Where Does Well Water Come From? A Guide to Nature’s Largest Freshwater Resource

Most of the freshwater you consume comes from vast resources hidden deep underground. People in rural areas actually own private wells and are quite familiar with the process.

However, the majority of people don’t quite grasp the phenomenon behind groundwater and how it goes from deep in the earth’s layers to a glass of water.

Keep reading to learn about the miracle of groundwater that nourishes life on our planet.

Understanding Aquifers 

Well water comes from large reservoirs of freshwater under the ground called aquifers. Saying that aquifers are the lifeline of the human species is not an understatement. Nearly 96% of all freshwater consumed by people comes from here.

Let’s explore this wonder of nature in detail.

The basics

An aquifer is made of small rocks, gravel, and unconsolidated sediment that holds water in the tiny spaces between the particles. 

Think of it like a sponge that holds water in the tiny spaces between the foam. The aquifer works the same way, holding water in porous spaces in underground rocks. Water flows through these cracks and crevices. It’s not a river or water channel under the earth, contrary to popular belief.

Aquifers can occur from 15 ft to 30,000 ft below the surface. 

Saturated ground vs. unsaturated ground

Here comes the tricky part. Groundwater is actually present in two zones: unsaturated and saturated. 

The unsaturated ground is present just below the land surface. It holds water and air in tiny open spaces between the ground particles. These particles could be sand, sediment, gravel, or tiny rocks. Water isn’t a major part of the unsaturated zone.

As the ground gets deeper, it becomes more permeable, and small fractures and spaces between rocks hold a large amount of water. This is known as the saturated zone, or an aquifer, which is the main source of groundwater.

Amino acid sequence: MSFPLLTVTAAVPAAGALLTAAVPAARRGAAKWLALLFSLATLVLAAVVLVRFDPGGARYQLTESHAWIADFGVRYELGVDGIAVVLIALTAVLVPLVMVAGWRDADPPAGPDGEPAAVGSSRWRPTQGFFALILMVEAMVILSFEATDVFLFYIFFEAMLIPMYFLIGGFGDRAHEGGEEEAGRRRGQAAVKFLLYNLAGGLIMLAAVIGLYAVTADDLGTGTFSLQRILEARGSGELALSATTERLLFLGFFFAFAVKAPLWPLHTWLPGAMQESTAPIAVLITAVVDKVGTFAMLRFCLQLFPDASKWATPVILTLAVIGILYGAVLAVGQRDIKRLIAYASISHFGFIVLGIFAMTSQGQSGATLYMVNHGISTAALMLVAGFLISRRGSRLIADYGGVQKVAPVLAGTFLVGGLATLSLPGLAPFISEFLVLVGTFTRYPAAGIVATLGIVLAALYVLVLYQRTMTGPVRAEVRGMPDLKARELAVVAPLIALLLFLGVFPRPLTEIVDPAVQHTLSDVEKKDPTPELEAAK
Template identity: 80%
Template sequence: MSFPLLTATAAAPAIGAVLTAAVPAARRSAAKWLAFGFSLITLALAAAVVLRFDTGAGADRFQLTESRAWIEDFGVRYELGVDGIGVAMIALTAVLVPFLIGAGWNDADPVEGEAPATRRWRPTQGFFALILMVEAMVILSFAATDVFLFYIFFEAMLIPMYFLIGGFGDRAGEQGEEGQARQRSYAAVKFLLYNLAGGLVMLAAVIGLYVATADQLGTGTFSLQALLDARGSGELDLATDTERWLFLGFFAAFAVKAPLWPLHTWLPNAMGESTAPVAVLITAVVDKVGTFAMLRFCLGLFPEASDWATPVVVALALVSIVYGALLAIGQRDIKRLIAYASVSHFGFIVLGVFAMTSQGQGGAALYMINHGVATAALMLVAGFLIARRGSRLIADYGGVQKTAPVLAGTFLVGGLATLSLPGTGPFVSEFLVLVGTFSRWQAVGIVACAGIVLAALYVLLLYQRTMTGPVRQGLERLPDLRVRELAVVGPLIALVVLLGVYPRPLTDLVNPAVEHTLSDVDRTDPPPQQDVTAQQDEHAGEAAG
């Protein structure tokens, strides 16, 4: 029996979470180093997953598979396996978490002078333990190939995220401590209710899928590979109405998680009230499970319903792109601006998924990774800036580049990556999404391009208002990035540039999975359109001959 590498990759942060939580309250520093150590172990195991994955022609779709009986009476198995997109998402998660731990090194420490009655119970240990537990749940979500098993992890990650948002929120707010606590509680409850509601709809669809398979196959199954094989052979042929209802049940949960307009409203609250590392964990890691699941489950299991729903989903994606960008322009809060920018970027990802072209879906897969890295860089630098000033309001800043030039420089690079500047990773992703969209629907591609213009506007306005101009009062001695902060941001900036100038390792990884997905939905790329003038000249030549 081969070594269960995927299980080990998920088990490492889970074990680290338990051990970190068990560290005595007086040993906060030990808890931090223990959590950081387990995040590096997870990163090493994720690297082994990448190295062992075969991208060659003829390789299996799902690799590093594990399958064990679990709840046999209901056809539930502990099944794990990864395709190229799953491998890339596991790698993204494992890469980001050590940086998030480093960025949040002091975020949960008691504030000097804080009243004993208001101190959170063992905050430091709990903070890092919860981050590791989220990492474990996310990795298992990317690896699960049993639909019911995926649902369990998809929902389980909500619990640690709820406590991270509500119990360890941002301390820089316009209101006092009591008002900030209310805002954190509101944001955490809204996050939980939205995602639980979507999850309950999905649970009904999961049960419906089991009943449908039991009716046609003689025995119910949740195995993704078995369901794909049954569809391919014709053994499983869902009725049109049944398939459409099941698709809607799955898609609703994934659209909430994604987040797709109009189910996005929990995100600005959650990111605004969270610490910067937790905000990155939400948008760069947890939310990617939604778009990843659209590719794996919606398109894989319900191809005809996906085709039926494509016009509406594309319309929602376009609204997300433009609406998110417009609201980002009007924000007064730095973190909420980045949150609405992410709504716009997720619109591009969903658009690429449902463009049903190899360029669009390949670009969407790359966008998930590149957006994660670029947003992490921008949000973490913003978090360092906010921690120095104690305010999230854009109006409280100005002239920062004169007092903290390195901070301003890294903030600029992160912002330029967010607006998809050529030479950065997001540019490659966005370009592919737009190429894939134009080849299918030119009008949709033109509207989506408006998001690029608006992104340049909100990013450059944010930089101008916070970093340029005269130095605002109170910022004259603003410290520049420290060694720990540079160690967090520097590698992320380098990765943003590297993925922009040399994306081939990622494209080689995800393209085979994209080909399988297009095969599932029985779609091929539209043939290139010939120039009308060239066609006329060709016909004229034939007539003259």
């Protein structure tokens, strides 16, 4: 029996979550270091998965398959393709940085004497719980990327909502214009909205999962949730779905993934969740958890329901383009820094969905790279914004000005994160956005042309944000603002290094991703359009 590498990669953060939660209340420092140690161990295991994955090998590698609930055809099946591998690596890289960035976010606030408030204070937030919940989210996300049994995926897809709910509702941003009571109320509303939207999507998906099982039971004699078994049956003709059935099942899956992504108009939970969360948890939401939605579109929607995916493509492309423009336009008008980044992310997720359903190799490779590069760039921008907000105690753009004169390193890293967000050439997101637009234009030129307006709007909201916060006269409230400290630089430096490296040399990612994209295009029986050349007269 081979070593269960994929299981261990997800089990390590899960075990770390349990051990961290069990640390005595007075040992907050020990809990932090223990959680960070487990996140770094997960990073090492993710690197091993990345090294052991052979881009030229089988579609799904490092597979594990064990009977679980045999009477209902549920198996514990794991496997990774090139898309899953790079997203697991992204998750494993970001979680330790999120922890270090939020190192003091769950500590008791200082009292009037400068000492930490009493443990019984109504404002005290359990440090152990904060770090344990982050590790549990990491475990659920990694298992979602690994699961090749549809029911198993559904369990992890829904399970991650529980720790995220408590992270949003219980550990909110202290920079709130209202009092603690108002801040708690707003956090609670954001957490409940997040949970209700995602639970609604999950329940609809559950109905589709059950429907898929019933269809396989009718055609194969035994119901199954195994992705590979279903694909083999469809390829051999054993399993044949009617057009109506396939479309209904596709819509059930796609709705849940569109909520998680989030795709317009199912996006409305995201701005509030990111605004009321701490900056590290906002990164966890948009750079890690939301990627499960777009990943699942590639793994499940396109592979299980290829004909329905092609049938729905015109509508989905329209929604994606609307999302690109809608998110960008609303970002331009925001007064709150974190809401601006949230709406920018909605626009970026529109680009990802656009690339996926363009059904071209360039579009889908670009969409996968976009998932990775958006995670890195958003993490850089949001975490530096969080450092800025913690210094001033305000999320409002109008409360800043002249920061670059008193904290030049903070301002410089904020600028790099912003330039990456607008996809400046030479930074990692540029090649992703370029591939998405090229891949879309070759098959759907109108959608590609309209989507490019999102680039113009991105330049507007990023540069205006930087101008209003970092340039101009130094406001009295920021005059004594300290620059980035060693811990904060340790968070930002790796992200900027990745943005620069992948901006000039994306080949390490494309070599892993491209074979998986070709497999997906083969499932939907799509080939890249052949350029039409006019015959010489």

Water table

The water table is nothing but the line that separates an unsaturated zone from a saturated zone. When the well is dug, the moment it hits the point where water starts coming out of the ground is called the water table. Primitive dug wells have the depth equal to that of the water table.

Courtesy of USGS

Where does the water come from?

If you remember the water cycle from elementary school, then you already know the answer. Water from lakes, rivers and oceans evaporates, transforms into clouds, and then rains down in a perpetual cycle.

Surface water that doesn’t end up in bodies of water gets absorbed by the ground. Water flows through the porous sand and gravel, where soil also acts as a natural filter and removes some of the impurities present in the water. The process continues until water meets the underlying aquifer.

How Do Wells Get Water From Underground?

Wells are used to access groundwater. At its simplest, a well is a hole in the ground that is deep enough to tap into an underground aquifer that draws water by some kind of mechanical system.

In earlier days, it was a pulley-and-rope system, but now modern water wells use submersible pumps. Drilled wells go much deeper, thanks to high-tech rotary drilling machines and jet pumps! So, you don’t have to worry about fetching water like some cowboy in an old western movie.

There is no well opening in the latest water wells, which prevents contamination. 

You can find more about how the private water wells work here. Water extracted from below ground is used for drinking, irrigation, food production, and much more.

Types of Aquifers

Aquifers have different types, and you need to know this to truly understand what’s happening under your feet. These underground water bodies have two types: confined and unconfined aquifers.

Unconfined aquifer

An unconfined aquifer is the common groundwater source that shallow water wells like “dug wells” and “borewells” use to draw water from. They are often called “the water table,” which is also their upper boundary. They are not confined by any underground layer and are easiest to access. However, they’re more prone to contamination because of surface pollutants.